Posted: March 13, 2009
Mike Perkins is the man behind the illustrations in The Stand and recently he took some time to talk to me. Here is what he said.
Lilja: So, how does it feel to have the first story arc, Captain Trips, done?
Mike Perkins: It feels good. I think we’ve all done a fantastic job on it and have achieved what we set out to do – present a strong base for the rest of the series. There’s still a long road ahead but I’m just as eagerly looking forward to the next arc as I was the first one.
Lilja: Have you and Laura, Roberto and Chris worked up routines now that you all have been working together for a while?
Mike Perkins: I wish we had – and it’s not through want of trying. Unfortunately life gets in the way sometimes and, for me in particular, the last three/four months have been personally grueling. I guess it’s a sign of our commitment that the books have been relatively on schedule. Baring any unforeseen circumstances I believe this arc will run a little smoother and by the end of it we’ll be hitting the groove and making very sweet music together!
Lilja: Do you ever sit down face to face or is it all sent to the next in line?
Mike Perkins: No. It’s all email and ftp files. I’ve yet to meet Roberto and Lee– I’ve worked closely with Laura a fair few times before and shared studio space with her in the past and I’ve sat next to Chris during a Marvel signing. I’m still awaiting my first meeting with Mr. King!
Lilja: Given the good reviews the comic has gotten you must be very proud of your involvement in it?
Mike Perkins: I think it’s one of these projects where, whether it’s well received or not, you’d better make damn sure you can be proud of it! I guess we’re all so pleased to be working on The Stand that each and every one of us has been putting our best foot forward and hopefully it shows. By the look of the reception we’ve received it seems that it does.
Lilja: Does it make it easier or harder to get good reviews? I guess it must feel nice but I also guess it puts pressure on you to keep delivering the same high quality as well, right?
Mike Perkins: I wouldn’t have it any other way – by this I mean that I always attempt to deliver high quality work. I’m just happy and honored that the readership can appreciate the effort we put into it.
Lilja: I have just finished the first issue of American Nightmare and it looks very good. I loved how you portrayed Harold Lauder. He looks very much like I imagine he would.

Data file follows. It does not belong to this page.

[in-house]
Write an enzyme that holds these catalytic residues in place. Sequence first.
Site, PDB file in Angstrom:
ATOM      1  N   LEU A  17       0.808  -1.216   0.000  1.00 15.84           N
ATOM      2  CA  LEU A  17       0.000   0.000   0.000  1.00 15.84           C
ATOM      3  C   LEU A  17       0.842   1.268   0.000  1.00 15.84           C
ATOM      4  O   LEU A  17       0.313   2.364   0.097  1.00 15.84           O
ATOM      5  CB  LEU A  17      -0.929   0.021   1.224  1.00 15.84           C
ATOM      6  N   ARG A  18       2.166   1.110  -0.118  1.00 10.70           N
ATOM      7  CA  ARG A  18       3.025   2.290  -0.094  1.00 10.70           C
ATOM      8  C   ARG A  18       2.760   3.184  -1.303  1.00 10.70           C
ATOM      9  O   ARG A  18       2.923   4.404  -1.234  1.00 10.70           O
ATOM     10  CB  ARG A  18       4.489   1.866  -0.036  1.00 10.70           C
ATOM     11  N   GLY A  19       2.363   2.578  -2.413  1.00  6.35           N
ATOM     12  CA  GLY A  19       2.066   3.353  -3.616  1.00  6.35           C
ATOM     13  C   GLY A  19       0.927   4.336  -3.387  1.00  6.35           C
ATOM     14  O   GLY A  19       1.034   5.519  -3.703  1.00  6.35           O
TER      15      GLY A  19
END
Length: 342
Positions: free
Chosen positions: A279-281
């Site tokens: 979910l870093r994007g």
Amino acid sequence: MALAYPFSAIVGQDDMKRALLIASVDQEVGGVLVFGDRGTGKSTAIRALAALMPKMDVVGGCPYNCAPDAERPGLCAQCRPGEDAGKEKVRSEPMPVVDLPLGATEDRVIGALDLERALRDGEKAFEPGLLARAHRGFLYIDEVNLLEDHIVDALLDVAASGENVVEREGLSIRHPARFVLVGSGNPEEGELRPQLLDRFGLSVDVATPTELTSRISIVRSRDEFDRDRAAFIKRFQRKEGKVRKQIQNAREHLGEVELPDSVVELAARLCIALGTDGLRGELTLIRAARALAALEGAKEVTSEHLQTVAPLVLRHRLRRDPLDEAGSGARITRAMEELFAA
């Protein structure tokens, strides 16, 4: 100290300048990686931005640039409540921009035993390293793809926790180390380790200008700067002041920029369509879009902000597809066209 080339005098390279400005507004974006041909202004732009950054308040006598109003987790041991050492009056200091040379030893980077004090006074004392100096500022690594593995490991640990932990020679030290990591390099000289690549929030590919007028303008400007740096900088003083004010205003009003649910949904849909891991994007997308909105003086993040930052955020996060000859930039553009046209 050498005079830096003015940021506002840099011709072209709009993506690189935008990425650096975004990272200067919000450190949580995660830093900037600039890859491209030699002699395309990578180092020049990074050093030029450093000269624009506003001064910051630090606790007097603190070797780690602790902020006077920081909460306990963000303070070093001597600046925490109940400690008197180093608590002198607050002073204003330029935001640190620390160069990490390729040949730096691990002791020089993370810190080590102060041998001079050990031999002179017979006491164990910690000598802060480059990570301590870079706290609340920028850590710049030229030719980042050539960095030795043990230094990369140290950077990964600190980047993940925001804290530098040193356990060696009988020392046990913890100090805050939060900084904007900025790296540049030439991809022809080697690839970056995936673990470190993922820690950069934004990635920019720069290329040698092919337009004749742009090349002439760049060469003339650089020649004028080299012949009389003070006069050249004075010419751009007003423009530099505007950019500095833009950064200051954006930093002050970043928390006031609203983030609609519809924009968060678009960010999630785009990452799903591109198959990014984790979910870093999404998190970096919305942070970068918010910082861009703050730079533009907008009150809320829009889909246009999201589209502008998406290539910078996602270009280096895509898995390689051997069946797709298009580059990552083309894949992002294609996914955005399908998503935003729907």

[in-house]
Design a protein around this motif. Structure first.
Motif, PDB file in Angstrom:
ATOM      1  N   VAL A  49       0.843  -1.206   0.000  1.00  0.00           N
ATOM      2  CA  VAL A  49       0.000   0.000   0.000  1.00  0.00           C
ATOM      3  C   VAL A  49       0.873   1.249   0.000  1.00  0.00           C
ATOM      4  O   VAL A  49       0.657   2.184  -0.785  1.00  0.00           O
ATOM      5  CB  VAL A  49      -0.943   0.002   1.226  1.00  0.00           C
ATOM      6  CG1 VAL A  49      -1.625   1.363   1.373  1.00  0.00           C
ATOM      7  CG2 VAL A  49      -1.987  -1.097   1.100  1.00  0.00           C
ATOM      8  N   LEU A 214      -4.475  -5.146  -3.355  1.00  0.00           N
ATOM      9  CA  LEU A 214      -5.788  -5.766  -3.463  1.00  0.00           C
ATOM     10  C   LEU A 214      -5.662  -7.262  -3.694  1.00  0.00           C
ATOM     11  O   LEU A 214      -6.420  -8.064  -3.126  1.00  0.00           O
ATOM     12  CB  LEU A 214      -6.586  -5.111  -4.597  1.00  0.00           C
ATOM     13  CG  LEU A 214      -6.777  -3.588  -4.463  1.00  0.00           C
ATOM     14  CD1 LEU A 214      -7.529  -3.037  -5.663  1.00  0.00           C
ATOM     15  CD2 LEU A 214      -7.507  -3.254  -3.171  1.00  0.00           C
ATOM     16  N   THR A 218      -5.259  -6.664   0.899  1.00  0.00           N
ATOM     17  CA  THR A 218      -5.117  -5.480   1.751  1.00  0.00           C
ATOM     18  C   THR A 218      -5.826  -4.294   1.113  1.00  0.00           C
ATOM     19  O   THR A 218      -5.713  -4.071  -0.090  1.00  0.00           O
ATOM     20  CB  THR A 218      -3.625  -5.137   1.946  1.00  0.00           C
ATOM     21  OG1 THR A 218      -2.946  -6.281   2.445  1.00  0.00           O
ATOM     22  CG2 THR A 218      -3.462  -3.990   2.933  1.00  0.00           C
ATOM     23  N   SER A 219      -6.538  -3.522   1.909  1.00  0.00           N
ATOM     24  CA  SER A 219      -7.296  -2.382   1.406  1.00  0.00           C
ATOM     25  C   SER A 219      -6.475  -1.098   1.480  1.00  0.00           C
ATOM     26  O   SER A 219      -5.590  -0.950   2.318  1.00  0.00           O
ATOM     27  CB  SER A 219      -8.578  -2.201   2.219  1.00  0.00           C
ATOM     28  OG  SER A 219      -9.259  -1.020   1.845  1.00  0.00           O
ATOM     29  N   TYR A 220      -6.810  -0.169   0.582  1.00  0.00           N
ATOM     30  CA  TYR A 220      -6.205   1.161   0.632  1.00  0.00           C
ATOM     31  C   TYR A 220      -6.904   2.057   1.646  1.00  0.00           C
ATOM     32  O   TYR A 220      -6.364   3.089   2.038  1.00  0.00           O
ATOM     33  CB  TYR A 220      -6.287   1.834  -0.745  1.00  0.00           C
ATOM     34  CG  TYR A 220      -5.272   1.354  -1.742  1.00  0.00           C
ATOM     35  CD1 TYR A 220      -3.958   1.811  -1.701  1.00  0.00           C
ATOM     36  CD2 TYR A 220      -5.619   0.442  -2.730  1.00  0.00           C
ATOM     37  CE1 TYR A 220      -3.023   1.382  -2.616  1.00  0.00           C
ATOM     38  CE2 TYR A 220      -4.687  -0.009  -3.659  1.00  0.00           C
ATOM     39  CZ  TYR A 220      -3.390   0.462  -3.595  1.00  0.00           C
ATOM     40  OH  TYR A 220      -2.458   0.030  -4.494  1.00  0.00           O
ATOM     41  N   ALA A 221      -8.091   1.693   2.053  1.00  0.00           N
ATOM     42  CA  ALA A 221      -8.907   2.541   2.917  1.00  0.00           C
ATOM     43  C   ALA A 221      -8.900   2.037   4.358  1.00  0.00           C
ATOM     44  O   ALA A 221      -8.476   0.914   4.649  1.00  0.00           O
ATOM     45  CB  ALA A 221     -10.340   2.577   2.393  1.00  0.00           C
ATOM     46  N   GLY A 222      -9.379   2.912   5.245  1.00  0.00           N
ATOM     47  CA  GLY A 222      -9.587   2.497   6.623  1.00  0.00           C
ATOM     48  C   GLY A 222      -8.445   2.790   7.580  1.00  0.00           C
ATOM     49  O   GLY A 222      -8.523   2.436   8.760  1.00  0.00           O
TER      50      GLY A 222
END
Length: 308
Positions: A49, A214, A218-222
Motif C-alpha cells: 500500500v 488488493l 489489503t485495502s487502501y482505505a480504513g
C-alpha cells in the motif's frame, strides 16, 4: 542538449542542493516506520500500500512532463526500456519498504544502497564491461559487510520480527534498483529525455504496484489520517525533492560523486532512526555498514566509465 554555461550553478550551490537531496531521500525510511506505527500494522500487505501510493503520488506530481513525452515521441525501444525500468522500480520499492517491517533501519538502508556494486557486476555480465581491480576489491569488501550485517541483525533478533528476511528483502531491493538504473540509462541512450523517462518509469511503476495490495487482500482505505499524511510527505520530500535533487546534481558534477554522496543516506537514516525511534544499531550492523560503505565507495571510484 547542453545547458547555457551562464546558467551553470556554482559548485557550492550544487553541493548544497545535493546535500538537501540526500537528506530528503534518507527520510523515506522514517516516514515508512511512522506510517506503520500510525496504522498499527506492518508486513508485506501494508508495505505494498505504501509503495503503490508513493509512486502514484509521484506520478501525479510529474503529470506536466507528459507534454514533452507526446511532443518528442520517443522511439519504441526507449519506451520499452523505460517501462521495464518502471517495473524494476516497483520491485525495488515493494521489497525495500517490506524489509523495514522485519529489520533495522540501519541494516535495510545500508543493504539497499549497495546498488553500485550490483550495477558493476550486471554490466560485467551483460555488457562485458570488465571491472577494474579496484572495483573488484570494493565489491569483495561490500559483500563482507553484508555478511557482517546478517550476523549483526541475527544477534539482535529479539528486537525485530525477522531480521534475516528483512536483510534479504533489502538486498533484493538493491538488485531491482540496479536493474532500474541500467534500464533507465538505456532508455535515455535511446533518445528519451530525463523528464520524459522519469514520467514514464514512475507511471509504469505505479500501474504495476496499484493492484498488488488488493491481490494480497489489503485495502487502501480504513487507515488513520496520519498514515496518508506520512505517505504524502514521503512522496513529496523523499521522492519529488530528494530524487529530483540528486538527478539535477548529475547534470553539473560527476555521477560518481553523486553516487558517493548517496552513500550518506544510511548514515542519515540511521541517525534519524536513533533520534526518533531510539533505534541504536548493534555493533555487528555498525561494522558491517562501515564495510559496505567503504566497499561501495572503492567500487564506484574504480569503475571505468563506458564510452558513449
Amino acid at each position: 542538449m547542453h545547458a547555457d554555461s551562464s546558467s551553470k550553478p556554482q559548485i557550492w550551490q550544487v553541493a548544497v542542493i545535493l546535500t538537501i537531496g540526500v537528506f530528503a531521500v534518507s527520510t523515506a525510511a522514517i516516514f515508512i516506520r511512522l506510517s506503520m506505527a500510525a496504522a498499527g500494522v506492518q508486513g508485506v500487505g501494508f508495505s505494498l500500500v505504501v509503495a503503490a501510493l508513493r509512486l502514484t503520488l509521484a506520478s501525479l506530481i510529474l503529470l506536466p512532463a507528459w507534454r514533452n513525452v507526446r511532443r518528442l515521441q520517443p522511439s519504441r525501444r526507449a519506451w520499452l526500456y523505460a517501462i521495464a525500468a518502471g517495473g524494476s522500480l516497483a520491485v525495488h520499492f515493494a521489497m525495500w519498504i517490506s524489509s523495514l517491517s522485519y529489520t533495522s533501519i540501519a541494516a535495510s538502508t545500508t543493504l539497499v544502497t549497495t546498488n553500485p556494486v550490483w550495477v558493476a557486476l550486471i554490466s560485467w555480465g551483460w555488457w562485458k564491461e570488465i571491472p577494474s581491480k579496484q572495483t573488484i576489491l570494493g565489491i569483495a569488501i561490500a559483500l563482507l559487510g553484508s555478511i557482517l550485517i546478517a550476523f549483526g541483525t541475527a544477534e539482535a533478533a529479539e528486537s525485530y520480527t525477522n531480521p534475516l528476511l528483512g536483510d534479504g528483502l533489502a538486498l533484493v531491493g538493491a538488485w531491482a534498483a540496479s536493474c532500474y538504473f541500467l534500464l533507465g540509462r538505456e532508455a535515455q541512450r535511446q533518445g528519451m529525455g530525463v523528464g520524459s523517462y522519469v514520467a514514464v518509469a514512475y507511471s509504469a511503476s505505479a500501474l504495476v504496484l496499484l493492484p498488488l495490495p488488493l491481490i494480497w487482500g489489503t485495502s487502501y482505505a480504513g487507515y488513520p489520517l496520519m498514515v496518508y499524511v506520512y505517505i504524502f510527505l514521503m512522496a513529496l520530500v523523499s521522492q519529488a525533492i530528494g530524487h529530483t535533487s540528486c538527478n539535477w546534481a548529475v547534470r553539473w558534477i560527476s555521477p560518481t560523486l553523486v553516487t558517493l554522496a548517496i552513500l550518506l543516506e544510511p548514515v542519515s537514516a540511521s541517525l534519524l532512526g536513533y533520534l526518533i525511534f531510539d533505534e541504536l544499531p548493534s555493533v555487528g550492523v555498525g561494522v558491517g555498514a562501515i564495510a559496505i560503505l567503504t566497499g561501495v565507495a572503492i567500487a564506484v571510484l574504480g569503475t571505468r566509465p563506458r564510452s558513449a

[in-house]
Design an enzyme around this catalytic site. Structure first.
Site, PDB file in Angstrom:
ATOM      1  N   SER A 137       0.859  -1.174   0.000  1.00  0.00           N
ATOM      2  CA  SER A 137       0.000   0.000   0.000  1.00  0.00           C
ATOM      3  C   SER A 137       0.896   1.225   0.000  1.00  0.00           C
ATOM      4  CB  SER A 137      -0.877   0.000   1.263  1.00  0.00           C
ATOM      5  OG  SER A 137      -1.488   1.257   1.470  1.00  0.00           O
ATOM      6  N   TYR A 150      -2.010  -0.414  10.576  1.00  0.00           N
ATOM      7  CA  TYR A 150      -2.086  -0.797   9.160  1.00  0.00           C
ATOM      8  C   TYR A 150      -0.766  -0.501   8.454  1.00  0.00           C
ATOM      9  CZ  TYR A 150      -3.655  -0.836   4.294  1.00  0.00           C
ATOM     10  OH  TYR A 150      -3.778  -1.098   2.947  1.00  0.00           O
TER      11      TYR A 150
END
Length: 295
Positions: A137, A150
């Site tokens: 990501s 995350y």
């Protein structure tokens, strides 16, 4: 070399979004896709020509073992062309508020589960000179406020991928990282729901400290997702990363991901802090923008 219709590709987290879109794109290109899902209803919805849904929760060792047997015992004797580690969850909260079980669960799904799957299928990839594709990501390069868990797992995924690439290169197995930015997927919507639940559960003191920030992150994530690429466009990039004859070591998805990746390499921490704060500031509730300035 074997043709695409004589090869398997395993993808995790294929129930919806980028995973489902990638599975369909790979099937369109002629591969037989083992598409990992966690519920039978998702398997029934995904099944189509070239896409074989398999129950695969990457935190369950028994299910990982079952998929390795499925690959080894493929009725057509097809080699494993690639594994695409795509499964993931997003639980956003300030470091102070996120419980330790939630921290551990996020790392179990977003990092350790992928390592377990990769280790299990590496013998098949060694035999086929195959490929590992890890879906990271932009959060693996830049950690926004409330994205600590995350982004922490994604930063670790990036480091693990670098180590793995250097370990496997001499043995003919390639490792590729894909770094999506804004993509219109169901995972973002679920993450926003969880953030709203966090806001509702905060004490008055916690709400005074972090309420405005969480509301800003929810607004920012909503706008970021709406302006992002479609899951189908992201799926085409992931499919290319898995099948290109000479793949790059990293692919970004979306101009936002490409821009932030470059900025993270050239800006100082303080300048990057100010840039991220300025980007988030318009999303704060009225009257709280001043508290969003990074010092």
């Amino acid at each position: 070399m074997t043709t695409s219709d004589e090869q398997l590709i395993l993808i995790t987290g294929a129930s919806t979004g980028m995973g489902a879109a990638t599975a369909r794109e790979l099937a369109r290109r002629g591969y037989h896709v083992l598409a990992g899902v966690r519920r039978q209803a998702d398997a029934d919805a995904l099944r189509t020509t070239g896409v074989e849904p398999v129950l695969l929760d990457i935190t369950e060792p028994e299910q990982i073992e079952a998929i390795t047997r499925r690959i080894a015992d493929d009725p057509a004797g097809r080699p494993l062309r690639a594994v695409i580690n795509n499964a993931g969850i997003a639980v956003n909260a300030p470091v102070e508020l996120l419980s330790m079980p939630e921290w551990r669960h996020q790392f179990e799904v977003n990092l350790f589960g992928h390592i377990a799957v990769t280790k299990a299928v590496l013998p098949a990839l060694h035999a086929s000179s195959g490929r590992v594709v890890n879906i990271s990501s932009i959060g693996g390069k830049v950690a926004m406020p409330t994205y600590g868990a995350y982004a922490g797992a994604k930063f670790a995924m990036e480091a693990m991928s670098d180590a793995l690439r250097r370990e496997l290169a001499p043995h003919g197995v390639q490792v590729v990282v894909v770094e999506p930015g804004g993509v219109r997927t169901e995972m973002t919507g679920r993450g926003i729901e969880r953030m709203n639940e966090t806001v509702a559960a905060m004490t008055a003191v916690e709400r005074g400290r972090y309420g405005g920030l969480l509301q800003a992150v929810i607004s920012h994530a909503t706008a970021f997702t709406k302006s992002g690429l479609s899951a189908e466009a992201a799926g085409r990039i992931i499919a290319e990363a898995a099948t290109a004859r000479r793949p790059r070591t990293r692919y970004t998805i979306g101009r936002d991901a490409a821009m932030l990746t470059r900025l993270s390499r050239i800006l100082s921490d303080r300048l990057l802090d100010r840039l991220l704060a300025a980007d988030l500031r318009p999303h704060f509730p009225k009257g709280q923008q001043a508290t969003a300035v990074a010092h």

Mike Perkins: Well, thanks!! I’ve merely followed the description that Mr. King has laid down in the book. He’s done all the hard work for me! Saying that, it can be difficult to illustratively represent a character that millions of readers of the book have already visualized in their heads. So, once again, thanks – it’s a huge compliment to hear such a fan of the novel say such a thing.
Lilja: I’m still looking forward to seeing characters like Mother Abigail and Trashcan Man. Are their debuts far away?
Mike Perkins: Trashy appears on many pages of issue 2 of The Stand: American Nightmares. It’s his origin issue, if you like, and I’ve truly enjoyed drawing the insane, grubby pyrotechnic! I’ve yet to draw Mother Abigail although I can assume her time is fast approaching.
Lilja: How long does it normally take you to create one page of The Stand?
Mike Perkins: In an ideal world an issue ( plus cover ) would take five weeks – if you break that down to a five day work week ( although that’s rarely the case!) – then you’re looking at a page a day of pencils and inks. That’s why we have those little breaks in there in between the arcs; they enable us to catch up with the schedule of a monthly book and insure that we can all collaborate together on the entire run. The way I’m working on this project – I prefer to pencil all the 22 pages first ( just in case any changes need to be made ) and then head into the inks.
Lilja: Do you do a lot of research to get everything to look as correct as possible?
Mike Perkins: Definitely. It’s important that the adaptation of The Stand takes place in the real world and there can be no short cuts. This goes as far as taking a break in Boulder in order to take accurate photos of the streets and surroundings to simply looking online for something that may help in the depiction of specific places.
Lilja: How far in the series are you now?
Mike Perkins: Far enough to stay ahead – but close enough to feel Captain Trips breathing down your neck!